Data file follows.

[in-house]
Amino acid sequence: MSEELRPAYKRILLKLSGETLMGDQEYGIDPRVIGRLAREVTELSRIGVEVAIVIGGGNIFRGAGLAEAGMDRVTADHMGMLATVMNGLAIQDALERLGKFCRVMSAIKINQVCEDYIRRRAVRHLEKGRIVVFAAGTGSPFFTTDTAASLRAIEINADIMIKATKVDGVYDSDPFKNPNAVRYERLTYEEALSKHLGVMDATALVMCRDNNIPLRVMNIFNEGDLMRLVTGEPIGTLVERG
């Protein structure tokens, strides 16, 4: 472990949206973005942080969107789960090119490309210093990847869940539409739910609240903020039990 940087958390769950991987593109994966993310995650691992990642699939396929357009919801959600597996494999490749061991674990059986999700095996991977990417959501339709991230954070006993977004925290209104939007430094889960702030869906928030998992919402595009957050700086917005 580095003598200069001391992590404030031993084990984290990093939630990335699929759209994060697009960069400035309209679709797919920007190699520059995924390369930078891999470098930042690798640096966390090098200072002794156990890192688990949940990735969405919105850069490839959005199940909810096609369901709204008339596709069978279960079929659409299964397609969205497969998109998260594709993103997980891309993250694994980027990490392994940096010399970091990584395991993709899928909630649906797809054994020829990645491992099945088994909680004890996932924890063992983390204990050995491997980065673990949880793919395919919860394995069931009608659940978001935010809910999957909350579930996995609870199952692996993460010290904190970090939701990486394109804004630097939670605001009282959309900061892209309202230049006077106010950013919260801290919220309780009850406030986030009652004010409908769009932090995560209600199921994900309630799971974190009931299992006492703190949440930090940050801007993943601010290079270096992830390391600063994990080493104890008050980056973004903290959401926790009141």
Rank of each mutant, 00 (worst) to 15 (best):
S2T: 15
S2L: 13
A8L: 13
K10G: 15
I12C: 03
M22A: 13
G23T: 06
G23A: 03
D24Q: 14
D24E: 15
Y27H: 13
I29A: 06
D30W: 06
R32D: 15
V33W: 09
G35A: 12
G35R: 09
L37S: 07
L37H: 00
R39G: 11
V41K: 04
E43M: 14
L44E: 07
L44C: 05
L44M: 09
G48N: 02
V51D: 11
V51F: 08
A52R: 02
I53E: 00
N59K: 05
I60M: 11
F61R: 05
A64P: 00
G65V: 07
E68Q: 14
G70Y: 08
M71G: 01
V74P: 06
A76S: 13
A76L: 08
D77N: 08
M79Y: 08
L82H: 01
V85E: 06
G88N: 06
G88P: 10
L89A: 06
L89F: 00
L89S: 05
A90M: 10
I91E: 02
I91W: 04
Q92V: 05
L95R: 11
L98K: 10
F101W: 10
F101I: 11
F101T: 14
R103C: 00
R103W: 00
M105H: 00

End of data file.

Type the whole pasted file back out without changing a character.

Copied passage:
[in-house]
Amino acid sequence: MSEELRPAYKRILLKLSGETLMGDQEYGIDPRVIGRLAREVTELSRIGVEVAIVIGGGNIFRGAGLAEAGMDRVTADHMGMLATVMNGLAIQDALERLGKFCRVMSAIKINQVCEDYIRRRAVRHLEKGRIVVFAAGTGSPFFTTDTAASLRAIEINADIMIKATKVDGVYDSDPFKNPNAVRYERLTYEEALSKHLGVMDATALVMCRDNNIPLRVMNIFNEGDLMRLVTGEPIGTLVERG
């Protein structure tokens, strides 16, 4: 472990949206973005942080969107789960090119490309210093990847869940539409739910609240903020039990 940087958390769950991987593109994966993310995650691992990642699939396929357009919801959600597996494999490749061991674990059986999700095996991977990417959501339709991230954070006993977004925290209104939007430094889960702030869906928030998992919402595009957050700086917005 580095003598200069001391992590404030031993084990984290990093939630990335699929759209994060697009960069400035309209679709797919920007190699520059995924390369930078891999470098930042690798640096966390090098200072002794156990890192688990949940990735969405919105850069490839959005199940909810096609369901709204008339596709069978279960079929659409299964397609969205497969998109998260594709993103997980891309993250694994980027990490392994940096010399970091990584395991993709899928909630649906797809054994020829990645491992099945088994909680004890996932924890063992983390204990050995491997980065673990949880793919395919919860394995069931009608659940978001935010809910999957909350579930996995609870199952692996993460010290904190970090939701990486394109804004630097939670605001009282959309900061892209309202230049006077106010950013919260801290919220309780009850406030986030009652004010409908769009932090995560209600199921994900309630799971974190009931299992006492703190949440930090940050801007993943601010290079270096992830390391600063994990080493104890008050980056973004903290959401926790009141």
Rank of each mutant, 00 (worst) to 15 (best):
S2T: 15
S2L: 13
A8L: 13
K10G: 15
I12C: 03
M22A: 13
G23T: 06
G23A: 03
D24Q: 14
D24E: 15
Y27H: 13
I29A: 06
D30W: 06
R32D: 15
V33W: 09
G35A: 12
G35R: 09
L37S: 07
L37H: 00
R39G: 11
V41K: 04
E43M: 14
L44E: 07
L44C: 05
L44M: 09
G48N: 02
V51D: 11
V51F: 08
A52R: 02
I53E: 00
N59K: 05
I60M: 11
F61R: 05
A64P: 00
G65V: 07
E68Q: 14
G70Y: 08
M71G: 01
V74P: 06
A76S: 13
A76L: 08
D77N: 08
M79Y: 08
L82H: 01
V85E: 06
G88N: 06
G88P: 10
L89A: 06
L89F: 00
L89S: 05
A90M: 10
I91E: 02
I91W: 04
Q92V: 05
L95R: 11
L98K: 10
F101W: 10
F101I: 11
F101T: 14
R103C: 00
R103W: 00
M105H: 00